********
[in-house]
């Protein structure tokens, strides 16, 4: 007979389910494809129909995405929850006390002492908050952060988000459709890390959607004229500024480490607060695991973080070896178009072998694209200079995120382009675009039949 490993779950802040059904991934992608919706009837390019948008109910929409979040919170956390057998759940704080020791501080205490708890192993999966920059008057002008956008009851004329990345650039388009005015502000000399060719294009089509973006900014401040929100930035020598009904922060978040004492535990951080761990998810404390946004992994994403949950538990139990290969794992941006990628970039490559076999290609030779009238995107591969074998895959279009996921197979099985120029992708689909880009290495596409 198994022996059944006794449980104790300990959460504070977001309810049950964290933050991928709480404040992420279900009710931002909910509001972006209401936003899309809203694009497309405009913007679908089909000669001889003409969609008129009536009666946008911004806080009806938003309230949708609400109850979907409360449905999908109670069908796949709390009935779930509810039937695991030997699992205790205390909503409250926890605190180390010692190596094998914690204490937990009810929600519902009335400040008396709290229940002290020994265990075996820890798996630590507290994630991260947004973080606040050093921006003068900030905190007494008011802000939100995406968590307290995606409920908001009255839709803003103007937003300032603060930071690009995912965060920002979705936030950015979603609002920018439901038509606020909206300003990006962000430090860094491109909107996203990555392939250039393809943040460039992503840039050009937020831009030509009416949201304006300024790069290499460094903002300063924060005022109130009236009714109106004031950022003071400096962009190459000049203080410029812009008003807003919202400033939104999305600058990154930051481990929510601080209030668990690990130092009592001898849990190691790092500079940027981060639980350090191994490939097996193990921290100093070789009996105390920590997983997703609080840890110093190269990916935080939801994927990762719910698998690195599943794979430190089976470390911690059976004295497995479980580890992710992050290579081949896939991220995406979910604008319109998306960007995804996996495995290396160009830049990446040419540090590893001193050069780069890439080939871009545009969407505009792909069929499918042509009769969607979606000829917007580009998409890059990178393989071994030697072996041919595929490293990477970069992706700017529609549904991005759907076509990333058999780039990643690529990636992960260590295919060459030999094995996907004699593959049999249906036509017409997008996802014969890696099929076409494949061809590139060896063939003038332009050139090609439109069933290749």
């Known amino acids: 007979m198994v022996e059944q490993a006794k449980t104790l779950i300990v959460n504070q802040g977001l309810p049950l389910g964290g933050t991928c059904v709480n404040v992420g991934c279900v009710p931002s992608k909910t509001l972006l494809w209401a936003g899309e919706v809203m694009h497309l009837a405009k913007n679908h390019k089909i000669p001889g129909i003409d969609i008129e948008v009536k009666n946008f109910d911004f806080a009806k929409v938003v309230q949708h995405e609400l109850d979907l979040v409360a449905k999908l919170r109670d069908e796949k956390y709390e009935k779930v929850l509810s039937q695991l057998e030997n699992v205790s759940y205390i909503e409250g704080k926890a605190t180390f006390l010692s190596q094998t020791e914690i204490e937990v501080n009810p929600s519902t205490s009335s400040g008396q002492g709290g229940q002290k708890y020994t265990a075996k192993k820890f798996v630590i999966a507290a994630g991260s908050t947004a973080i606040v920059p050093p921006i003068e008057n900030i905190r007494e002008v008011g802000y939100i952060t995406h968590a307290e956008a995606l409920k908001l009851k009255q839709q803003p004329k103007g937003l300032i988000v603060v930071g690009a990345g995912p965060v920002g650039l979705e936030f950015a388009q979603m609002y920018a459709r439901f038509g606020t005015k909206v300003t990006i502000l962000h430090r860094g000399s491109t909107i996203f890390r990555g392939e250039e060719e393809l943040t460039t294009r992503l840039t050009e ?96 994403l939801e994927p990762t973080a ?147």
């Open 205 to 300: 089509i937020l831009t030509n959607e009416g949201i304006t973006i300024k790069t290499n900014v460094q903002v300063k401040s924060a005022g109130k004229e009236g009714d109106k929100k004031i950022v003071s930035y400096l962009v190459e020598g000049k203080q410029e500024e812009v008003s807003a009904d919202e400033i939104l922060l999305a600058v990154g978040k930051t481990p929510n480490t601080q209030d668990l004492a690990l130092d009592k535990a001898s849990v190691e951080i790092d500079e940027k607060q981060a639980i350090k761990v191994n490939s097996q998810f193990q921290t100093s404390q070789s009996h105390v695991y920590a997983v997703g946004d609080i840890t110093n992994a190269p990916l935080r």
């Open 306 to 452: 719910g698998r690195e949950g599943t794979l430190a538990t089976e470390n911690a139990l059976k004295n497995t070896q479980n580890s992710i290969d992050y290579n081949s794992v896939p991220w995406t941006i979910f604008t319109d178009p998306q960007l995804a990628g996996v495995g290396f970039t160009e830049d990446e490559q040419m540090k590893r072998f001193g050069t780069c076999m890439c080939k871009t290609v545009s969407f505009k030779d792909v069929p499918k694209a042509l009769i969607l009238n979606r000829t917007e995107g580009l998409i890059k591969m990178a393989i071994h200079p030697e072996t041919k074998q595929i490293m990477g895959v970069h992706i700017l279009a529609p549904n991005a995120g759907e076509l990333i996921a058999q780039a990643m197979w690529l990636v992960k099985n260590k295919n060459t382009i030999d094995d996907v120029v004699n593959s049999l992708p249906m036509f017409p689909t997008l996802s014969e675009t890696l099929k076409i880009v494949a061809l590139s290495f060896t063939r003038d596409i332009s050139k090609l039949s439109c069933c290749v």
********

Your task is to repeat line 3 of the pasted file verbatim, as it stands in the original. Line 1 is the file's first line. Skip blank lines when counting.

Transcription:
């Known amino acids: 007979m198994v022996e059944q490993a006794k449980t104790l779950i300990v959460n504070q802040g977001l309810p049950l389910g964290g933050t991928c059904v709480n404040v992420g991934c279900v009710p931002s992608k909910t509001l972006l494809w209401a936003g899309e919706v809203m694009h497309l009837a405009k913007n679908h390019k089909i000669p001889g129909i003409d969609i008129e948008v009536k009666n946008f109910d911004f806080a009806k929409v938003v309230q949708h995405e609400l109850d979907l979040v409360a449905k999908l919170r109670d069908e796949k956390y709390e009935k779930v929850l509810s039937q695991l057998e030997n699992v205790s759940y205390i909503e409250g704080k926890a605190t180390f006390l010692s190596q094998t020791e914690i204490e937990v501080n009810p929600s519902t205490s009335s400040g008396q002492g709290g229940q002290k708890y020994t265990a075996k192993k820890f798996v630590i999966a507290a994630g991260s908050t947004a973080i606040v920059p050093p921006i003068e008057n900030i905190r007494e002008v008011g802000y939100i952060t995406h968590a307290e956008a995606l409920k908001l009851k009255q839709q803003p004329k103007g937003l300032i988000v603060v930071g690009a990345g995912p965060v920002g650039l979705e936030f950015a388009q979603m609002y920018a459709r439901f038509g606020t005015k909206v300003t990006i502000l962000h430090r860094g000399s491109t909107i996203f890390r990555g392939e250039e060719e393809l943040t460039t294009r992503l840039t050009e ?96 994403l939801e994927p990762t973080a ?147």